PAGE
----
T. Sathiadev, J.
1. Auction purchaser in O.S. No. 54 of 1968 on the file of Sub Court, Chidambaram filed E.A. No. 25 of 1982 under Order 21, Rule 22 read with Section 151 of the Code of Civil Procedure for confirmation of the Court sale held . on 6-3-1972 and for the grant of sale certificate, praying that the said orders be passed ex-parte and out of order. He also filed a petition under Section 151 of the Code for dispensing with notice in the application filed under Order 21, Rule 22 of the Code. Court below, by not taking into account E.A. Nos. 14 of 1979, 33 of 1979, 172 of 1981, 173 of 1981 and 220 of 1981, which are applications filed for cancellation of the auction sale, and which are still pending disposal, had ordered the petition for confirmation of sale. Aggrieved against the said order, this revision petition is filed by Neelambal and Valambal, who are heirs of the judgment-debtor and who have claimed reliefs, under Acts 38 of 1972, 13 of 1980 and 10 of 1981 for setting aside the auction also, for recording part satisfaction etc., which applications are still pending disposal.
2. Mr. V. Sridevan, learned Counsel for judgment-debtors, submits that when applications have been filed for grant of relief under special enactments, court below ought not to have confirmed the sale under Order 21, Rule 92 of the Code, whereas Mr. M. Srinivasan, learned Counsel for auction purchaser, submits that when applications, if any, filed under Rules 89 to 91 of Order 21 had not been pending, then, the court has no choice in the matter but to confirm the sale and such a sale must be made absolute under the Civil Procedure Code irrespective of whatever be the other provisions made under special enactments. He further goes to the extent of contending that it is the duty of the court to confirm the sale, irrespective of an application being filed to that effect, and by relying upon the decision in S (sic) Bhusan v. Ramlal : AIR1977Cal351 , he would go to the extent of contending that no formal order requires to be passed under Order 21, Rule 22 of the Code and hence, the order passed by the court below cannot be termed as having been passed hastily and without any regard to the provisions of Order 21, Rule 22 C.P.C.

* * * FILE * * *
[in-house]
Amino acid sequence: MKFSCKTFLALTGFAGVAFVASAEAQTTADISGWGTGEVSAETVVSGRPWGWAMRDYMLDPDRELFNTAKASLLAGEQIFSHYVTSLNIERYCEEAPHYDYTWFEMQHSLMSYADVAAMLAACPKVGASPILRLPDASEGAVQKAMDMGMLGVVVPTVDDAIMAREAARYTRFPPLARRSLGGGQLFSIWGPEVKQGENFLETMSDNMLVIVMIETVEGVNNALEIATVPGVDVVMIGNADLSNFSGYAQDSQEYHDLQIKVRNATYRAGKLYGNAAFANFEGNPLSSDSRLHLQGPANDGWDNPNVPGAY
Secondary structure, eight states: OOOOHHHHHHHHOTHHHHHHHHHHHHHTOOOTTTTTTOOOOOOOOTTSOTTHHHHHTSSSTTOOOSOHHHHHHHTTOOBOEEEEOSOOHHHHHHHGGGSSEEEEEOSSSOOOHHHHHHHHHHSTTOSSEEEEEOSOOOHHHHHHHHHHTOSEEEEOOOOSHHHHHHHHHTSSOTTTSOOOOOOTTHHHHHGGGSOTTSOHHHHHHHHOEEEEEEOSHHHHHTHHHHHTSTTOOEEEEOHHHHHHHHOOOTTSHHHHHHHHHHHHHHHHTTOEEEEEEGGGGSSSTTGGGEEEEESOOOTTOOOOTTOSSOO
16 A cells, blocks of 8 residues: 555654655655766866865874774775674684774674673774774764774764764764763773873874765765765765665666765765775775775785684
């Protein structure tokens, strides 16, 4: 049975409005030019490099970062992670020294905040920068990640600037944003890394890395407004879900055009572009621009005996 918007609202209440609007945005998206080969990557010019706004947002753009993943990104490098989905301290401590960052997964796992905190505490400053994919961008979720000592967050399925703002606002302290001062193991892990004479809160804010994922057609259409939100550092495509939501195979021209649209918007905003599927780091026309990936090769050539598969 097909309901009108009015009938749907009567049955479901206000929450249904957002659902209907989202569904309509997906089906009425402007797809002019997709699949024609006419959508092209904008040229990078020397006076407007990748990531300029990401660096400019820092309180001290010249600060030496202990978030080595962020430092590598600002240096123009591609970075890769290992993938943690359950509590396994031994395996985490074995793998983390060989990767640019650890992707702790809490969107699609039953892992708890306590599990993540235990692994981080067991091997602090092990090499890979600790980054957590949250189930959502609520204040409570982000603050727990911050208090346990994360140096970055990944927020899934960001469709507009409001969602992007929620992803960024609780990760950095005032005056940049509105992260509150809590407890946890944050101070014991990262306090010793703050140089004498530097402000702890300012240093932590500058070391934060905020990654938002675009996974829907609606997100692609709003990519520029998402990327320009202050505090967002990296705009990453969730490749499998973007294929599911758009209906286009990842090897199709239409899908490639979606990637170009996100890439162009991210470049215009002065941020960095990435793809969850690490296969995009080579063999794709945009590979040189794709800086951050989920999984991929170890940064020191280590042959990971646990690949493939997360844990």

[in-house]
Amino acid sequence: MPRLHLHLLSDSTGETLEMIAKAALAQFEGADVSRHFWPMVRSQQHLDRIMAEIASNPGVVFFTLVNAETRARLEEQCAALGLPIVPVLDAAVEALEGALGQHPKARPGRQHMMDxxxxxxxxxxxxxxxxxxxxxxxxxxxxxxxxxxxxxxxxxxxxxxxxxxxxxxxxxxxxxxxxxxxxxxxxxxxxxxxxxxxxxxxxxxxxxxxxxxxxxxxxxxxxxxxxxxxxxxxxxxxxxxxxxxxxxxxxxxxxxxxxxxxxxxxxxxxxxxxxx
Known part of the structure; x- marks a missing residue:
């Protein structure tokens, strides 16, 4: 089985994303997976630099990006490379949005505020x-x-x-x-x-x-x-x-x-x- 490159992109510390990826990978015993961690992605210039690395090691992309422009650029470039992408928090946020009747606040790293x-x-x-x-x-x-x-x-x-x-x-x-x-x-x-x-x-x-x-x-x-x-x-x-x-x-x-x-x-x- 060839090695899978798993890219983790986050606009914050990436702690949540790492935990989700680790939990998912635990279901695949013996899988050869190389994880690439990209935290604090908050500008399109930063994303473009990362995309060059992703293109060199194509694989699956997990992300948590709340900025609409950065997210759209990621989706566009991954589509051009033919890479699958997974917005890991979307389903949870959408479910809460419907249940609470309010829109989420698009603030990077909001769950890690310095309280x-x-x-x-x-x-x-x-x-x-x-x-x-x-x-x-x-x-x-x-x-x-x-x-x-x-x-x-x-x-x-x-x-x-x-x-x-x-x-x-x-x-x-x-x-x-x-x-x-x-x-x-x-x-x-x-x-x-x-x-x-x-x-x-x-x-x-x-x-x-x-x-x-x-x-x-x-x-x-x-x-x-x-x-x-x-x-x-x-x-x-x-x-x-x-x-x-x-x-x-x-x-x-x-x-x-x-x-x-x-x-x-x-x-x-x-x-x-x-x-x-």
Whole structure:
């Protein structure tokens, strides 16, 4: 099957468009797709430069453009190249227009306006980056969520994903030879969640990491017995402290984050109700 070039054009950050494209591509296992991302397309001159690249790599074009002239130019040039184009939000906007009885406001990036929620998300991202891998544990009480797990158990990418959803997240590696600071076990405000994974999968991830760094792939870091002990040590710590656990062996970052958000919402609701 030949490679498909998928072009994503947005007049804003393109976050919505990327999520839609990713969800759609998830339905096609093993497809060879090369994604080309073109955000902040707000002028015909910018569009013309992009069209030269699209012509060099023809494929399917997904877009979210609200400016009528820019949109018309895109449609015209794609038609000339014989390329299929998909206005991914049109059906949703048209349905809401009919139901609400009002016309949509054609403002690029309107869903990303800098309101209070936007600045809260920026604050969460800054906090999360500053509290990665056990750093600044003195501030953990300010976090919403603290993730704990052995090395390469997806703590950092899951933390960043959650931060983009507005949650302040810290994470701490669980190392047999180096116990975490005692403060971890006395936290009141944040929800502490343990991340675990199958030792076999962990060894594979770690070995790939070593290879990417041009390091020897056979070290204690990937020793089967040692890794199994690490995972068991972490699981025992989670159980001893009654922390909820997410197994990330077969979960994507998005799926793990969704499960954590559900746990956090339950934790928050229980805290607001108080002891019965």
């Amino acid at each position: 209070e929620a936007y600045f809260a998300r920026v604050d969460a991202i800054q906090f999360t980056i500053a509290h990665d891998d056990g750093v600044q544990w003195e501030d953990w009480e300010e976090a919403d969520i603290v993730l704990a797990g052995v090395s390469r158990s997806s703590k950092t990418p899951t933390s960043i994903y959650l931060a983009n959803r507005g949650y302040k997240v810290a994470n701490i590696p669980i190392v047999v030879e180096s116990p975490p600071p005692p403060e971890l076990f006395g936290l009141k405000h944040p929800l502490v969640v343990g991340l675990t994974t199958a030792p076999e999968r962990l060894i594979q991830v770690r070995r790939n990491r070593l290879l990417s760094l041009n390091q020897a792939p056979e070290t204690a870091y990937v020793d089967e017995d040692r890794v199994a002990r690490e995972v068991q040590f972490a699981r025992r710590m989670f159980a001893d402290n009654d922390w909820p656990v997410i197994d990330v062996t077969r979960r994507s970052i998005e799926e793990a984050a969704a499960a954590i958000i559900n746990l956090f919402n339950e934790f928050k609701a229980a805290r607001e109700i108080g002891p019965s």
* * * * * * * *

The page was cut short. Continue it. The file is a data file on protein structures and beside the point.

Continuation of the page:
3. On the scope of Order 21, Rule 22, in Janak Raj v. Gurdial Singh : 2SCR77 , it has been held that, notwithstanding the factum of sale held ex-parte having been set aside, still the sale should be confirmed because the law makes ample provision for the protection of the interests of judgment-debtor, in spite of confirmation of sale, if ultimately he is to succeed in other proceedings. Apart from exceptional cases where court will refuse to confirm a sale because it was held without giving notice to the judgment-debtor or the court was misled in fixing the reserve price or where there was no decree in existence at the time when the sale was held ordinarily if a sale had been validly held, an application for setting it aside can only be made under Order 21, Rules 89 to 91, and if no such application was made or when made had been disallowed, then the court has no choice but to confirm the sale. In Hukam Chand v. Ramsilal : 3SCR695 , it was reiterated that in spite of an application having been filed under Order 34, Rule 5(1), if Order 21, Rule 92 is invoked, and when it contemplates only certain conditions to be satisfied, no other factor could be taken into account to refuse to confirm the sale. An application filed under Order 34, Rule 5 does not empower the court to extend the time, and all that it does is to permit the mortgagor-judgment-debtor to deposit the amount before confirmation of sale . The earlier decision above referred to was relied upon in this decision, to take this view, even when an application under Order 34, Rule 5 was pending.